It’s not just the dogs who enjoy a treat at the end of a hard day of ‘truffle shuffling’ though. While we expected to be able to sample the local wares, we were truly delighted by the spread that’s put on for us when we return to the warmth and comfort of the homestead.
First we’re offered a cup of deliciously warming Truffled Creamy Parsnip Soup, and while truffles have been incorporated into the recipe, we’re invited to sprinkle additional flakes on top. Much of the truffle’s flavour comes from their aroma, which is why they’re usually sliced as thinly as possible – to ensure the greatest exposure of surface area to the air, which increases the aroma. This dish is a great example of the truffles’ ability to absolutely elevate an otherwise simple dish: the soup in itself is lovely, but the piquancy of the truffles really lifts the relatively mild flavour of the parsnips. We enjoy the soup with fresh bread smeared with butter that’s been infused with truffles as well.
We’re also encouraged to help ourselves to Truffle Infused Macadamia Nuts and Gippsland (from the Victorian region of Australia) Triple Cream Brie with a visible layer of truffle slices through the middle. The Blue Frog team advises that fats in food provide the best platform for the flavour of the truffles. They certainly offer an interesting counterpoint to the buttery sweetness of the nuts, while the creamy and generously flavoured brie is very more-ish and a real highlight.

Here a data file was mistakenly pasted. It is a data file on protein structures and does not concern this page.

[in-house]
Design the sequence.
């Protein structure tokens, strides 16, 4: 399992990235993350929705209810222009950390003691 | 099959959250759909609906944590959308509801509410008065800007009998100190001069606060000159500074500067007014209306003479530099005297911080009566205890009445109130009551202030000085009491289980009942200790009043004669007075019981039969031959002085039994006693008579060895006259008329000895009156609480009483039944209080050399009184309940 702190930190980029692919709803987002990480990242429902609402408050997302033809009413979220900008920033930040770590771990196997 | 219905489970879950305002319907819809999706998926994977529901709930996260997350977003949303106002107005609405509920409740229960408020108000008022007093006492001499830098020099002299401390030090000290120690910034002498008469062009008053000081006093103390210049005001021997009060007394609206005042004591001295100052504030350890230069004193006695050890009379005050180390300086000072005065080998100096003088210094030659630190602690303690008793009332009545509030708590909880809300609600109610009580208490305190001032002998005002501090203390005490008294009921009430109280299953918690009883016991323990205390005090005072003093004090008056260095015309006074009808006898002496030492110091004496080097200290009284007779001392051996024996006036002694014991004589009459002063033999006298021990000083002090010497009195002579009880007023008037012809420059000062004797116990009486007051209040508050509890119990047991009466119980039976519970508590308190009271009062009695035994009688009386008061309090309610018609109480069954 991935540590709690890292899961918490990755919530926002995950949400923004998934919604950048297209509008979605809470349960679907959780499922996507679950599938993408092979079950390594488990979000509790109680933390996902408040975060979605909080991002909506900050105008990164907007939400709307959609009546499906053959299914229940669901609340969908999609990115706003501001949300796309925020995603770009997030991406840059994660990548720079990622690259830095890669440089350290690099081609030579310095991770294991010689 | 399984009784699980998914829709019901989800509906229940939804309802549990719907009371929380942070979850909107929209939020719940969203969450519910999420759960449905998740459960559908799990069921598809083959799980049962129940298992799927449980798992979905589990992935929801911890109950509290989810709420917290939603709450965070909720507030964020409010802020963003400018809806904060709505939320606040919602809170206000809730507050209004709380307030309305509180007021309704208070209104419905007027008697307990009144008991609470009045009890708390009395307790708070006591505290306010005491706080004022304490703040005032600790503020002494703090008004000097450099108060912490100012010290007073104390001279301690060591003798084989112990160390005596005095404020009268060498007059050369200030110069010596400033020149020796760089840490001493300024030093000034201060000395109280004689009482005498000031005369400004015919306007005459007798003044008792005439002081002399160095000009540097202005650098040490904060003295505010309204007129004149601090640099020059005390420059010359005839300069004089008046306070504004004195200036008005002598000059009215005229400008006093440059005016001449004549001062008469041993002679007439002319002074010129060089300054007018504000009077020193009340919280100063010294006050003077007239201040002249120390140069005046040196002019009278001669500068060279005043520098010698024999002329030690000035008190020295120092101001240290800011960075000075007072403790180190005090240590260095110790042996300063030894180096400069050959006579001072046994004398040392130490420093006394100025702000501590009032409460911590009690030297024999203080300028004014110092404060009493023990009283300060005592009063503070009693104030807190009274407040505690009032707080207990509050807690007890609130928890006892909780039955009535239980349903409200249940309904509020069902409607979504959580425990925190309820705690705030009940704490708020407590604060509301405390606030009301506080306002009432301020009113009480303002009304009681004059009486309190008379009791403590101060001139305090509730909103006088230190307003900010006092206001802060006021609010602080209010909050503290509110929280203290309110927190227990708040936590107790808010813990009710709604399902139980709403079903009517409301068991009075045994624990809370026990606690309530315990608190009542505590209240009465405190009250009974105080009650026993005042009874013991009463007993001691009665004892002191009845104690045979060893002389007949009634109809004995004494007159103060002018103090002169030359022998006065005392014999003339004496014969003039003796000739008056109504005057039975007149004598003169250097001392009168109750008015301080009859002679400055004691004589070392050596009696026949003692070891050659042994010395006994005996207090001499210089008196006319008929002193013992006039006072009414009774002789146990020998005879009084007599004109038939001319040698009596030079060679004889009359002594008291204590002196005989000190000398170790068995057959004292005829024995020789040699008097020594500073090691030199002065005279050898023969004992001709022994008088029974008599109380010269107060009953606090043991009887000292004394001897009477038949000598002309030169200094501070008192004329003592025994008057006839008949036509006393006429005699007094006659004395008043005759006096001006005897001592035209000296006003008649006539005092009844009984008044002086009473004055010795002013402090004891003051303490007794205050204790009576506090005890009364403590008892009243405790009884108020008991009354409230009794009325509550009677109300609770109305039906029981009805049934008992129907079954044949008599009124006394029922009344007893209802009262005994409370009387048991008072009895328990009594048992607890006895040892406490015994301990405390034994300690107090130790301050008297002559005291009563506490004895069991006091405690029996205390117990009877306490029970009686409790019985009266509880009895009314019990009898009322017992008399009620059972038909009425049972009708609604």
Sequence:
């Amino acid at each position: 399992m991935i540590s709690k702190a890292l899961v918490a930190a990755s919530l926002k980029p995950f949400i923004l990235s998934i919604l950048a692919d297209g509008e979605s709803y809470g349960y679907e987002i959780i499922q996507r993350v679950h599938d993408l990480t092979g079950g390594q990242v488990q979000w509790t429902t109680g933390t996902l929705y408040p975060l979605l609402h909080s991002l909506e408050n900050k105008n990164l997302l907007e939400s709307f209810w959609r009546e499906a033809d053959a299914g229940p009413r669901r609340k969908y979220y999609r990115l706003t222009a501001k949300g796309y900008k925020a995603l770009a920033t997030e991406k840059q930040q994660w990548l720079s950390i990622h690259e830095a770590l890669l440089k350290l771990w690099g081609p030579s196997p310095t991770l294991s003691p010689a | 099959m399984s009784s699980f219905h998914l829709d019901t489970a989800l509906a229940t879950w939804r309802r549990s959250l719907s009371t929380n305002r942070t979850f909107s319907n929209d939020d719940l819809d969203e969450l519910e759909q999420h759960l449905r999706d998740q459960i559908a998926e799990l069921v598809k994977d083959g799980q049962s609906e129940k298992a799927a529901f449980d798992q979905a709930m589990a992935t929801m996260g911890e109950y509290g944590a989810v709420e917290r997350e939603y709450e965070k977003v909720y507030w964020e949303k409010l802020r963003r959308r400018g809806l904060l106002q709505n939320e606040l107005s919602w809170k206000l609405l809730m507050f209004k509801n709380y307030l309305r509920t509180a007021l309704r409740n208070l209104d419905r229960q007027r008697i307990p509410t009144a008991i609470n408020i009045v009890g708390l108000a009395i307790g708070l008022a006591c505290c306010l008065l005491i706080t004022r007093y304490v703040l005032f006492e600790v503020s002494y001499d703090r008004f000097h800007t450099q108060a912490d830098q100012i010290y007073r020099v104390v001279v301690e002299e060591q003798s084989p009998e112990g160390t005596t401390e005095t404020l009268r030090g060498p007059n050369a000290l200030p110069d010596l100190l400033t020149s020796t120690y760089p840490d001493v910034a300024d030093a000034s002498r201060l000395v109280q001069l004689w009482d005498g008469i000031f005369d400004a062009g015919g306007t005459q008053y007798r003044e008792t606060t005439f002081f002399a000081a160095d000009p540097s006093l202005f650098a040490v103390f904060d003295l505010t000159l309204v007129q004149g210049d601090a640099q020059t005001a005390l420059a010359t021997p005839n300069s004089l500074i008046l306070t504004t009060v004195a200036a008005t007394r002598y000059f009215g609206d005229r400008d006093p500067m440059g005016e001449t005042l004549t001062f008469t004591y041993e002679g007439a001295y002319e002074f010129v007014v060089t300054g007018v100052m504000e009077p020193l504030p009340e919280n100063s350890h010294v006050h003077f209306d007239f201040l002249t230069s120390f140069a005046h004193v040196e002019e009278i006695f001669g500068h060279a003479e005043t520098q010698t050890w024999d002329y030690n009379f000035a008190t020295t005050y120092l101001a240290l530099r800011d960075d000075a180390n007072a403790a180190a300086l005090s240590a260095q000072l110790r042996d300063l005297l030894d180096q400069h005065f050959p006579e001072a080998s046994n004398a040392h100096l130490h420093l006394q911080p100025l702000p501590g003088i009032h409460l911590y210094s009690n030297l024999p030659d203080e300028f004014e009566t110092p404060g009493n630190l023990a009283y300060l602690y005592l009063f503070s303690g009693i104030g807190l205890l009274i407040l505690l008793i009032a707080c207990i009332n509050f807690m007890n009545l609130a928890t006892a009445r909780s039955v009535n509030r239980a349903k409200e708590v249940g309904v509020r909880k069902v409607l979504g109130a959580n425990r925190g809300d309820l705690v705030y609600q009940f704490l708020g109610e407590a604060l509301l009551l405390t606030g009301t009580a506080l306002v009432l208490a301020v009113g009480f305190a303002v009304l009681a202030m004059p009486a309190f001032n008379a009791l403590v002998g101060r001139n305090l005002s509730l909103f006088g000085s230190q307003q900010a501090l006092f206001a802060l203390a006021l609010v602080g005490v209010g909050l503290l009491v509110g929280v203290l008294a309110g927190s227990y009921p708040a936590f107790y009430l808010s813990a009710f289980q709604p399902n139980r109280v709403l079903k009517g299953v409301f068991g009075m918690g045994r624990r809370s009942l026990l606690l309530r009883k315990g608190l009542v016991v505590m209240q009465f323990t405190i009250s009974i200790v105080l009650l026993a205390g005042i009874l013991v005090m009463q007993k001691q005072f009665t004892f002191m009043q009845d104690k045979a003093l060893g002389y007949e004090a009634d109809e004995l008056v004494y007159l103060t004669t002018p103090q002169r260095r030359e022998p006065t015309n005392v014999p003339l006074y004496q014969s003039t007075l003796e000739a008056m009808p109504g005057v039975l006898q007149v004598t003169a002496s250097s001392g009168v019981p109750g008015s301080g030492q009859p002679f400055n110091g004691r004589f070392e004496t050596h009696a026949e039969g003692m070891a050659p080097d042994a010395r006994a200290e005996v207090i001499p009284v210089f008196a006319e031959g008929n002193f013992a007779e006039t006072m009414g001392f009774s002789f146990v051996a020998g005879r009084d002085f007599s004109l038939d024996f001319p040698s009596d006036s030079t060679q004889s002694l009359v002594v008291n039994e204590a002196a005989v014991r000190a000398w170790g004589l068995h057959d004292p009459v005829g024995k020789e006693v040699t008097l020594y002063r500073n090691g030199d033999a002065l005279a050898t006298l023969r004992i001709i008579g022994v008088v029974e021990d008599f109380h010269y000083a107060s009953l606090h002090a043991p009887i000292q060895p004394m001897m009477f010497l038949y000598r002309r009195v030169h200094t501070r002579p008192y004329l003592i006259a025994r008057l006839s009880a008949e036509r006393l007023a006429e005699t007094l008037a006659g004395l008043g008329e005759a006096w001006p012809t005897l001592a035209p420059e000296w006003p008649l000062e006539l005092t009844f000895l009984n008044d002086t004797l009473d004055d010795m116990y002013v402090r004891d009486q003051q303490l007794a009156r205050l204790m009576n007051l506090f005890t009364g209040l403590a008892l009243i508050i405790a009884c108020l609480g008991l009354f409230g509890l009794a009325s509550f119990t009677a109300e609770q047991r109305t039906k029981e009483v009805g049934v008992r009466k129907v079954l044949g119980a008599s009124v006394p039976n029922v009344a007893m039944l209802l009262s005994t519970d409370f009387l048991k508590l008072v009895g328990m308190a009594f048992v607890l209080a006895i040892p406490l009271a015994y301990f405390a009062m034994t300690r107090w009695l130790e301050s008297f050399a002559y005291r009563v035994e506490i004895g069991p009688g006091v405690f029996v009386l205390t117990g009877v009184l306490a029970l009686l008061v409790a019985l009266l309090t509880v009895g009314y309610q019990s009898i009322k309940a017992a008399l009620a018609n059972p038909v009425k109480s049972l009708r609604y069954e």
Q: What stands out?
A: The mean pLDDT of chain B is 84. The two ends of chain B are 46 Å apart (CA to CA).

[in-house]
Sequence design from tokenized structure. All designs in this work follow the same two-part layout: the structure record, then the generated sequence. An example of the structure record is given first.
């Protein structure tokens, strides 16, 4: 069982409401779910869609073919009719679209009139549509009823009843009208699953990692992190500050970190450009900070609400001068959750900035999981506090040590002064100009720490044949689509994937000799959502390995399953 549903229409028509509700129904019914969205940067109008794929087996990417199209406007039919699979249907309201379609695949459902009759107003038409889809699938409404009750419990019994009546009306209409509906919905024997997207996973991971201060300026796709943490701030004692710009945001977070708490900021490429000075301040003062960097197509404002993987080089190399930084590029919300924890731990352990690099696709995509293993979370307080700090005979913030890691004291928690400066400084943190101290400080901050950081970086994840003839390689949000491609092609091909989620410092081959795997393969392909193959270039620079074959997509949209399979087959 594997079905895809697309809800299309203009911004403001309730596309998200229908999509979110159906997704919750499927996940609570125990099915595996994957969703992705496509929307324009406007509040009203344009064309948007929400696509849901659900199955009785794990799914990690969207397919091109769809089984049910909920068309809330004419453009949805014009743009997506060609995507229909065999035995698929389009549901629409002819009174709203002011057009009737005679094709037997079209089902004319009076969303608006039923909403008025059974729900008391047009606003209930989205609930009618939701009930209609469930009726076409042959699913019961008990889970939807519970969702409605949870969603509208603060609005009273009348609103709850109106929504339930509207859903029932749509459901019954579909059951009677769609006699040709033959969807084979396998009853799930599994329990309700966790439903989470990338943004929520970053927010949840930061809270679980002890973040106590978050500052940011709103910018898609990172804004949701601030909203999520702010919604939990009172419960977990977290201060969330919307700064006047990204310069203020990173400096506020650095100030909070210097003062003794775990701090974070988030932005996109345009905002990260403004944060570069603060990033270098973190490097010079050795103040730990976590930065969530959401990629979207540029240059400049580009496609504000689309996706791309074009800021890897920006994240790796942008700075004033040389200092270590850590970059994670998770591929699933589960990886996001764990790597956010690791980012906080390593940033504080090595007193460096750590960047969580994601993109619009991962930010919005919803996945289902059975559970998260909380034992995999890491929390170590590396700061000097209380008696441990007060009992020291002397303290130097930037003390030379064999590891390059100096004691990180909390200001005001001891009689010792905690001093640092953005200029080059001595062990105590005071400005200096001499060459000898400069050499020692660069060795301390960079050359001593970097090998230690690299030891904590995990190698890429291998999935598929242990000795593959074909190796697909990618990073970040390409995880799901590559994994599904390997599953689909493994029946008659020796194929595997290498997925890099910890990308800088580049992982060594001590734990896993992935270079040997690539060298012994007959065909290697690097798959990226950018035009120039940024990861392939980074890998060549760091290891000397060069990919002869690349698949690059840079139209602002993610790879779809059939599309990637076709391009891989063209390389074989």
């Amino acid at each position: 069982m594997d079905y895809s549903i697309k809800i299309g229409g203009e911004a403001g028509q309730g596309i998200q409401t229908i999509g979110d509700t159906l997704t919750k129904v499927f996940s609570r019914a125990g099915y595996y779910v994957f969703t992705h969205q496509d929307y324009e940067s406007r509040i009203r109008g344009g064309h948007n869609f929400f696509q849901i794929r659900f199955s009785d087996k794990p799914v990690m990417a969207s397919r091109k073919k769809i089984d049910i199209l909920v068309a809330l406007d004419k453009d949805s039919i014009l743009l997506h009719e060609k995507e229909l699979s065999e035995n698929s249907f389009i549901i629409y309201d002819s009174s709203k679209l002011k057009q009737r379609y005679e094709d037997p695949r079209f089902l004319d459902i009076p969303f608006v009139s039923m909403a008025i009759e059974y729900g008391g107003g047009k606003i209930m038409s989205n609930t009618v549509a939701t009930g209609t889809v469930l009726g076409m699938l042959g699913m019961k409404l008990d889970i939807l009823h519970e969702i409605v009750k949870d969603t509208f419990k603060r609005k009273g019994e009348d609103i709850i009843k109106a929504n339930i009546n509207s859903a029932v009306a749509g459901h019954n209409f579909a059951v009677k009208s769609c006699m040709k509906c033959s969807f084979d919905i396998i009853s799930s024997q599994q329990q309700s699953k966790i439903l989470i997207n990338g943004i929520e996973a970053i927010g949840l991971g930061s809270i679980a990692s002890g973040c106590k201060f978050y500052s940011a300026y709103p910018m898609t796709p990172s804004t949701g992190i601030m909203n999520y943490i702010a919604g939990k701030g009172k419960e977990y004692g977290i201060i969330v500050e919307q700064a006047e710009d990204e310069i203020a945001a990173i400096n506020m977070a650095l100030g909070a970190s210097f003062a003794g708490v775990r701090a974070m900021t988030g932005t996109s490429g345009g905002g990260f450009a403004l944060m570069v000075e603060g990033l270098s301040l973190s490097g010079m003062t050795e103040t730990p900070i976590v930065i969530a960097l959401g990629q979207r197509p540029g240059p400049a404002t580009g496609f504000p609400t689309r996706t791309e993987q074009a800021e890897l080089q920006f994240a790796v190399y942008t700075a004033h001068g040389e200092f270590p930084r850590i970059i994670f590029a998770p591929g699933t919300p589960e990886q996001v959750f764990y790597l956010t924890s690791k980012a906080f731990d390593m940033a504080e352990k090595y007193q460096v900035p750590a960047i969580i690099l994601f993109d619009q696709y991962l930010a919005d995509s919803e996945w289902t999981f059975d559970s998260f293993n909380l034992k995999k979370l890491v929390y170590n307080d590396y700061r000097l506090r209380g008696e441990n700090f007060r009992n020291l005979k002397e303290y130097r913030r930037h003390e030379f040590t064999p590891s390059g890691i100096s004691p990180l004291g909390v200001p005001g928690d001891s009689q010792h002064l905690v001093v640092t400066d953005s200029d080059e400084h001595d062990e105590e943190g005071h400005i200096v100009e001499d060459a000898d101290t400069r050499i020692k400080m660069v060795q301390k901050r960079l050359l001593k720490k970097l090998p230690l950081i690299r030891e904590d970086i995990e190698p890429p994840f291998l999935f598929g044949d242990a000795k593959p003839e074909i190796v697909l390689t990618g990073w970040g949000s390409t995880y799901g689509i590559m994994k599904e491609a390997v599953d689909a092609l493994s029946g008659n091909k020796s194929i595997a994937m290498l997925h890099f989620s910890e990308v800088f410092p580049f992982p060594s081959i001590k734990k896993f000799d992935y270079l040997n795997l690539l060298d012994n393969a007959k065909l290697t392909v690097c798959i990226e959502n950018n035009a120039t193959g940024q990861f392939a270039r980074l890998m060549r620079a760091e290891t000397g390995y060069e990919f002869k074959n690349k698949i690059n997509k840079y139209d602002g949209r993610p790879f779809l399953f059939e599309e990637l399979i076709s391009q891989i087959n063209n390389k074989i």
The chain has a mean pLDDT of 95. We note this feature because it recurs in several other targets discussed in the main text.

The next two dishes proved to be my favourites of the day, though.
Truffled Mushrooms are served in a small shot glass, the mushrooms finely chopped and blended with the truffles in a creamy base, and topped with a sprinkling of Parmesan crumbs. It has to be said, it’s not the prettiest dish to look at, but it is incredibly hearty and tasty; almost smooth in texture, but with just enough bite to give it some substance.
Our final dish is a chance to sample the use of truffles in sweets, and so we enjoy a Chocolate Panna Cotta infused with truffles. To me, this combination seems like the ideal demonstration of the truffles’ strengths and versatility. The sweetness of the chocolate is enhanced to a whole new level of sophistication by the powerful, earthy addition of the black fungi, turning a usually predictable dish into quite a different experience. It really is the perfect way to conclude the meal.
Even in the chilly weather, a Canberra region truffle hunt is a lovely way to spend the afternoon – enjoying the fresh air and outdoors, admiring the dogs at work, learning a little and getting involved in the thrill of the hunt. It’s made all the more enjoyable by the celebration at the end, and Blue Frog really does an exceptional job of putting on a selection of dishes that showcase the best and most diverse uses of the star ingredient.
From the 2016 season onwards, Blue Frog will be harvesting their truffles twice per week and the public truffle hunts tend to book out quickly – so get in early if you’re planning a visit. If you fancy creating your own truffled masterpieces at home, there are also various products for sale, including truffle-infused rice (for risotto) as well as butter, salt and even honey.
Blue Frog Truffles
63 Goolabri Drive
+61 403 242 454 (cell phone)